It’s not easy living with a mental health issue

While Mr Lau’s current circumstances show a successful journey in overcoming the difficulties of living with a mental health issue, it wasn’t always easy.

“My mental health condition prevented me from [holding on to a job],” explains Mr Lau. “Many times, I would resign from work within two to three months of starting – sometimes even within the first few days – due to the stress of being overwhelmed with work or by supervisors or colleagues who were being unfair and unfriendly towards me.”

Due to his mental health issues, Mr Lau says he would also "crave attention and assurance" from his colleagues, resulting in "spamming supervisors with calls to feel a sense of comfort and belonging”.

“This may not have gone down well with my supervisors and I felt that they were against me. When this happened, I would then resign from my job,” admits Mr Lau.

Mr Lau also experienced discrimination while working. In one instance, he was not invited to a workplace event and was told that they "didn't feel it was appropriate to ask him to attend”.

“Later, my supervisor explained to me that when someone didn’t invite me to an event, it did not mean that they disliked me. [She said] it could be that they felt comfortable with other people, and they might have had personal or other issues that they wanted to address, and it might not have been appropriate or relevant to include me.”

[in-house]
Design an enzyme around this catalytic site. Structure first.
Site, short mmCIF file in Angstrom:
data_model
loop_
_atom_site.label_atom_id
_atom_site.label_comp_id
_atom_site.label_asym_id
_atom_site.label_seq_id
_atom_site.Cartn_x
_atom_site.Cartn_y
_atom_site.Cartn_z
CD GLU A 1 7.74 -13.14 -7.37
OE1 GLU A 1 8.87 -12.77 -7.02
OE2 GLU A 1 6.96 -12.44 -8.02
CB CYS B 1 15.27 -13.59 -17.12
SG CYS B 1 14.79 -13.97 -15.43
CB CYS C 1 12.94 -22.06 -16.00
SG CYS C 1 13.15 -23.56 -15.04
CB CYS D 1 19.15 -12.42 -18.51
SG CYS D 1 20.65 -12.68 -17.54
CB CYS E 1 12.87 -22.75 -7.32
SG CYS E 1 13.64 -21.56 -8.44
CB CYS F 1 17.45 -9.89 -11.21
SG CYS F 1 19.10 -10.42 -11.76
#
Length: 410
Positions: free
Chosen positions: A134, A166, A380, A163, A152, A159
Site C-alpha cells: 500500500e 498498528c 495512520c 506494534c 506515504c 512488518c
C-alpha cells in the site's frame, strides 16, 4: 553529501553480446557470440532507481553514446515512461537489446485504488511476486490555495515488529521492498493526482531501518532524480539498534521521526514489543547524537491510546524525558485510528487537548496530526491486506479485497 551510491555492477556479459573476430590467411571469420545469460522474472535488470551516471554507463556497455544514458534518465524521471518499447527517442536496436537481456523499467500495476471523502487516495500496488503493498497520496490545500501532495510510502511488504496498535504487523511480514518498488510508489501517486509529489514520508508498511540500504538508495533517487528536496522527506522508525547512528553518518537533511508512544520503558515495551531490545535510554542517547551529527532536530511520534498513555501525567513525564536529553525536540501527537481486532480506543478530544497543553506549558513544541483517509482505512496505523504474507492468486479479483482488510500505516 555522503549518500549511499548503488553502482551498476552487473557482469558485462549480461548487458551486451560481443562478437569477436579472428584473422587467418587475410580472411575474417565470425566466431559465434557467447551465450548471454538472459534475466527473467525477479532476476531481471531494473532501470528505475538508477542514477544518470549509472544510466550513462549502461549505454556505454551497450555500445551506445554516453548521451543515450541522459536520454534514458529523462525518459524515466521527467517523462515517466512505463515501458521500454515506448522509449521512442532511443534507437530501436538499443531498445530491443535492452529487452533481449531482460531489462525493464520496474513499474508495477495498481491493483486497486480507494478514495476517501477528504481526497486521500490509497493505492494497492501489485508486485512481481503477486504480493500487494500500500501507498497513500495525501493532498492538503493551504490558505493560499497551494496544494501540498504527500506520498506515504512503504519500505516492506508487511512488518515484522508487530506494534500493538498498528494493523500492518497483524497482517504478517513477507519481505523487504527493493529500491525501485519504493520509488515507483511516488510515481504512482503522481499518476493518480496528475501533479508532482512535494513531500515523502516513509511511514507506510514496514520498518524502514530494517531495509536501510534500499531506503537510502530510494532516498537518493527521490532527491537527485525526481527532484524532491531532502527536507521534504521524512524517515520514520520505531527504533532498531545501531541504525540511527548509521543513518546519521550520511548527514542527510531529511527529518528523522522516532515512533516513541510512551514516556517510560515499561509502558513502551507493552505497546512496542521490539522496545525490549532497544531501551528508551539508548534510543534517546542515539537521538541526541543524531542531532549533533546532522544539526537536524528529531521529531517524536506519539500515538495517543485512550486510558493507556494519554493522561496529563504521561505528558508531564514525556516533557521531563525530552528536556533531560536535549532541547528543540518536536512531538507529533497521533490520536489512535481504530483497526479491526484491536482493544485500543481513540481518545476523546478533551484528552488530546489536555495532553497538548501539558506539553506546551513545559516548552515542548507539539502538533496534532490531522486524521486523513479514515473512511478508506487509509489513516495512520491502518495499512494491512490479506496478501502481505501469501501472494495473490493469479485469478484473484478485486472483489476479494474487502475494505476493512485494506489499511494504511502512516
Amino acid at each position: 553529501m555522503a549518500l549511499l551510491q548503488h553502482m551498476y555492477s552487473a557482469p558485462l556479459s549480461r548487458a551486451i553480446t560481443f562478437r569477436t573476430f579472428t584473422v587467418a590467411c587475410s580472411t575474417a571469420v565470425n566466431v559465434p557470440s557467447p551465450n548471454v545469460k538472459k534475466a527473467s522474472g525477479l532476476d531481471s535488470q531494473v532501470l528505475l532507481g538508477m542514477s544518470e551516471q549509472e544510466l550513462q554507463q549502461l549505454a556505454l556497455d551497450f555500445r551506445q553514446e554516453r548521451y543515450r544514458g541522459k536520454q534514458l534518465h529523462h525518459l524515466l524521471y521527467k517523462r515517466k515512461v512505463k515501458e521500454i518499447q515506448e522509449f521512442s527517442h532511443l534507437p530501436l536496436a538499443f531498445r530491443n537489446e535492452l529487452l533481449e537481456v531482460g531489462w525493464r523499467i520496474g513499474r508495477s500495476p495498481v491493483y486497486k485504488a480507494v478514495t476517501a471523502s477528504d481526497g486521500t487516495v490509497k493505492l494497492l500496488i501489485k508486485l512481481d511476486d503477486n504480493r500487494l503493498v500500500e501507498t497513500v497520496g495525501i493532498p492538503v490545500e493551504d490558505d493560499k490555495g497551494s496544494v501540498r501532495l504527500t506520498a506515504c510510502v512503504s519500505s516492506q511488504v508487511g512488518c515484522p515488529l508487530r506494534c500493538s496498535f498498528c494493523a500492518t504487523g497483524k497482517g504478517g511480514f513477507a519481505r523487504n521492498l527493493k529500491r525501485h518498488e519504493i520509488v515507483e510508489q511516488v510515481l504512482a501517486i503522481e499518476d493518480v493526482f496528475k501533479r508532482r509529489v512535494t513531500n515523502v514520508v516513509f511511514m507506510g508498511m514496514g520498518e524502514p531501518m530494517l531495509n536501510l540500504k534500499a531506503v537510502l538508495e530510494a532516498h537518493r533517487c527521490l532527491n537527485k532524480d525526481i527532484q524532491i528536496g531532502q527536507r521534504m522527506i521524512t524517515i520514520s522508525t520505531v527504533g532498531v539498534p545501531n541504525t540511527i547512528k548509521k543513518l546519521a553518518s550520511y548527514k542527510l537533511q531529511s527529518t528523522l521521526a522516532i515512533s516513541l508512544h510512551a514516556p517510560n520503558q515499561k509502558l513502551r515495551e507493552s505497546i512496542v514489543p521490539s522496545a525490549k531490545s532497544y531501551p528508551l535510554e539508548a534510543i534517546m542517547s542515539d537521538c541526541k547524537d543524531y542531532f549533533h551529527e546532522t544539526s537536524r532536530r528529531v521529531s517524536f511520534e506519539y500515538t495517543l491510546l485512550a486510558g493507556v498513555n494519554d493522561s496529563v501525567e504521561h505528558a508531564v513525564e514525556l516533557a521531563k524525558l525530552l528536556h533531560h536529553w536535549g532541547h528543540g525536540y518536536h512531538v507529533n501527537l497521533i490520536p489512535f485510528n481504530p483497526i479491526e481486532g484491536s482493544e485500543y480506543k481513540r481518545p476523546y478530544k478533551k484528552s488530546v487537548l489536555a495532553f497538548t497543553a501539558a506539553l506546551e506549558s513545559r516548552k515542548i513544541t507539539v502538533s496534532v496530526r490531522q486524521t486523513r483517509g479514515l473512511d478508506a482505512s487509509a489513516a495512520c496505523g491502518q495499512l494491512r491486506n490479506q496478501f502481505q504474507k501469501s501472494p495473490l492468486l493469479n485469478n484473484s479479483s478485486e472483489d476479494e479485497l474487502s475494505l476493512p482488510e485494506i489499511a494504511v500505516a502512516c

His supervisor taking the time to explain an interpersonal situation helped Mr Lau deal with workplace situations in a more measured way.

“She told me that everyone has a choice to think positively or negatively. What you want your outcome to be depends on your own thoughts or mindset, and the one in control of my thoughts is myself. I resonated with that as I realised many things are not to be taken personally and that has helped to manage such situations,” explains Mr Lau.

“My mental health condition also impacted my daily life, as I had very low self-esteem. For example, I would often stare at the floor while walking in public as I constantly heard voices telling me not to walk with my head held up because if I did so, I was [being] told that I was arrogant and would be a nuisance to the public.”